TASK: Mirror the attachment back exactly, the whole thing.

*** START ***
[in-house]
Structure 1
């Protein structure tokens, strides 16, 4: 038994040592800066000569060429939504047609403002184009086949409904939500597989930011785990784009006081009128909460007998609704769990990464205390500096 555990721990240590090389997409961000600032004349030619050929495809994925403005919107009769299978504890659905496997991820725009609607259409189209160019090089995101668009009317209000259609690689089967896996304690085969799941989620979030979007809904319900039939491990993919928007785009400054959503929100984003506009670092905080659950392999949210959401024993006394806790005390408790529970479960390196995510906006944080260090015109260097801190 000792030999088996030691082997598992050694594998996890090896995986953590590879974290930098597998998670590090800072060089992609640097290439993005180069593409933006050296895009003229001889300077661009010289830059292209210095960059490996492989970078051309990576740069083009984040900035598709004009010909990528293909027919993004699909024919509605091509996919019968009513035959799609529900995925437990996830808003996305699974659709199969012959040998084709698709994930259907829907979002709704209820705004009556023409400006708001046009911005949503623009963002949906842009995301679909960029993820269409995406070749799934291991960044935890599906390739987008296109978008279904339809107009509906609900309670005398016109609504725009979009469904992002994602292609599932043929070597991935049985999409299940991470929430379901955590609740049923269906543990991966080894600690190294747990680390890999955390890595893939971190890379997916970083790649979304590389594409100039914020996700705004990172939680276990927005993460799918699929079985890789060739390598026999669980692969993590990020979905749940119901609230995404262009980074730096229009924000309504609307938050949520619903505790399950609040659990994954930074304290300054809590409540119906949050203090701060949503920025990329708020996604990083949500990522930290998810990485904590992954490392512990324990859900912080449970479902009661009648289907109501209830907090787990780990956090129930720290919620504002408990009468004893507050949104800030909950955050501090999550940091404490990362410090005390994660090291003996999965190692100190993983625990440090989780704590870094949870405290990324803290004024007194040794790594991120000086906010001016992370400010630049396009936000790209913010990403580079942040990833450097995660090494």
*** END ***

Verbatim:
[in-house]
Structure 1
């Protein structure tokens, strides 16, 4: 038994040592800066000569060429939504047609403002184009086949409904939500597989930011785990784009006081009128909460007998609704769990990464205390500096 555990721990240590090389997409961000600032004349030619050929495809994925403005919107009769299978504890659905496997991820725009609607259409189209160019090089995101668009009317209000259609690689089967896996304690085969799941989620979030979007809904319900039939491990993919928007785009400054959503929100984003506009670092905080659950392999949210959401024993006394806790005390408790529970479960390196995510906006944080260090015109260097801190 000792030999088996030691082997598992050694594998996890090896995986953590590879974290930098597998998670590090800072060089992609640097290439993005180069593409933006050296895009003229001889300077661009010289830059292209210095960059490996492989970078051309990576740069083009984040900035598709004009010909990528293909027919993004699909024919509605091509996919019968009513035959799609529900995925437990996830808003996305699974659709199969012959040998084709698709994930259907829907979002709704209820705004009556023409400006708001046009911005949503623009963002949906842009995301679909960029993820269409995406070749799934291991960044935890599906390739987008296109978008279904339809107009509906609900309670005398016109609504725009979009469904992002994602292609599932043929070597991935049985999409299940991470929430379901955590609740049923269906543990991966080894600690190294747990680390890999955390890595893939971190890379997916970083790649979304590389594409100039914020996700705004990172939680276990927005993460799918699929079985890789060739390598026999669980692969993590990020979905749940119901609230995404262009980074730096229009924000309504609307938050949520619903505790399950609040659990994954930074304290300054809590409540119906949050203090701060949503920025990329708020996604990083949500990522930290998810990485904590992954490392512990324990859900912080449970479902009661009648289907109501209830907090787990780990956090129930720290919620504002408990009468004893507050949104800030909950955050501090999550940091404490990362410090005390994660090291003996999965190692100190993983625990440090989780704590870094949870405290990324803290004024007194040794790594991120000086906010001016992370400010630049396009936000790209913010990403580079942040990833450097995660090494």